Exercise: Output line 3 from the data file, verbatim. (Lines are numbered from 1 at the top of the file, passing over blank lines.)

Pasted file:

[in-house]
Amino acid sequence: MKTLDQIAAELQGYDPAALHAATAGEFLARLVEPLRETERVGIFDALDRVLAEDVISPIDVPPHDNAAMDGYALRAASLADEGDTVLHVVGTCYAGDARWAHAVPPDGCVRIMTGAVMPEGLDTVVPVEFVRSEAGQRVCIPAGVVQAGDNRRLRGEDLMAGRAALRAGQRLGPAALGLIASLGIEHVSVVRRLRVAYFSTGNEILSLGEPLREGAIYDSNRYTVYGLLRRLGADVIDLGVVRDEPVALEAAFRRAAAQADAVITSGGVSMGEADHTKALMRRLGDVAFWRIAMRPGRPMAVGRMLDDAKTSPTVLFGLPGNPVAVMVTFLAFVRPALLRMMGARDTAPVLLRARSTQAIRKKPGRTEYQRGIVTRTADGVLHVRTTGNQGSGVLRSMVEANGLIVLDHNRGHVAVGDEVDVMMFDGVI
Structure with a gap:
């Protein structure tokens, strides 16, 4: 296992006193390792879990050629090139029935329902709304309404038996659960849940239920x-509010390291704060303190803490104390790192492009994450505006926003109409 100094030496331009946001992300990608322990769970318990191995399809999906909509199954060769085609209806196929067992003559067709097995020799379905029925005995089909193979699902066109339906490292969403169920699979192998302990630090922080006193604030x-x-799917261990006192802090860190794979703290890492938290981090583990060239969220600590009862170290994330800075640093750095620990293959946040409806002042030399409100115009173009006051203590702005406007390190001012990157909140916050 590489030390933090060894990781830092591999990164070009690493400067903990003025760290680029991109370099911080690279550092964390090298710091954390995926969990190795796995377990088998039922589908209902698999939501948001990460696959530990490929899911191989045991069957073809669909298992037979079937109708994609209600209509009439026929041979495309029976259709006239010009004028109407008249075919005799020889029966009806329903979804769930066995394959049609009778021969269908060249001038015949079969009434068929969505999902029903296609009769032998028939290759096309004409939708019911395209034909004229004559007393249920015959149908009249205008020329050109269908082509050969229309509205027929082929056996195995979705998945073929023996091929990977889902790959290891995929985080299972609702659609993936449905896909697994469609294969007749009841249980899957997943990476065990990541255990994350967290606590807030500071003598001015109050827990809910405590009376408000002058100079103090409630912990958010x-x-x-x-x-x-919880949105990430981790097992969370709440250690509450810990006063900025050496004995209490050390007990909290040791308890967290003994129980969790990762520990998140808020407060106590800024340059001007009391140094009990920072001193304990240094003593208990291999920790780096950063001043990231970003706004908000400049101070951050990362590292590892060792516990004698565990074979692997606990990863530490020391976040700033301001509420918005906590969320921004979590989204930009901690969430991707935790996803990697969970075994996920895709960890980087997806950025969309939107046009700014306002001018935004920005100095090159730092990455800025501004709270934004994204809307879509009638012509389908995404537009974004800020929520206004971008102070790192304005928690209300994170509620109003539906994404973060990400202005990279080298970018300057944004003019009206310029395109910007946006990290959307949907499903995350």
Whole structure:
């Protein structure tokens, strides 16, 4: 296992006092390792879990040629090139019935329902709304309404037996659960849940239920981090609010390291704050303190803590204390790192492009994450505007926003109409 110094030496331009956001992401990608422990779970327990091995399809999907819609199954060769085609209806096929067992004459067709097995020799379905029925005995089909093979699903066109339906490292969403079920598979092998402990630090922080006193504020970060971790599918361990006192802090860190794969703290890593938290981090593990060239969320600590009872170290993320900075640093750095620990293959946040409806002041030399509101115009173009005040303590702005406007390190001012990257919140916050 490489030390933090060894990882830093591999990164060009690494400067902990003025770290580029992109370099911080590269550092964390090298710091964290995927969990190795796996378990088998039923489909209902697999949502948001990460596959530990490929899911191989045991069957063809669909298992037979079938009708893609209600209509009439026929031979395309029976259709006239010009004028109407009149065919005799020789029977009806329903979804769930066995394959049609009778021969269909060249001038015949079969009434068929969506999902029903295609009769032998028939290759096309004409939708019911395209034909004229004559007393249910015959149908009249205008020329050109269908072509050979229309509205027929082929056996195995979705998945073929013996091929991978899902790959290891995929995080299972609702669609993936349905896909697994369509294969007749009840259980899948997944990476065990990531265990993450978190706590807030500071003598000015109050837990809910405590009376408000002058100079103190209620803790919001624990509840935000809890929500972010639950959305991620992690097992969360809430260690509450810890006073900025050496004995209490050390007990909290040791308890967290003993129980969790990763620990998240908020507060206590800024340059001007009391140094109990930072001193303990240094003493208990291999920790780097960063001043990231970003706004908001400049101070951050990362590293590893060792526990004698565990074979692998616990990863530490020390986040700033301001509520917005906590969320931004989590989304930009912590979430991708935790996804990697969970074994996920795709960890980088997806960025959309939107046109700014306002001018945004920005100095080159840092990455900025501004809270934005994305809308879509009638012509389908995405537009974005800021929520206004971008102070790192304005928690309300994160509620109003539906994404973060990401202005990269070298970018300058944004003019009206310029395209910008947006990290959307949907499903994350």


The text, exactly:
Structure with a gap: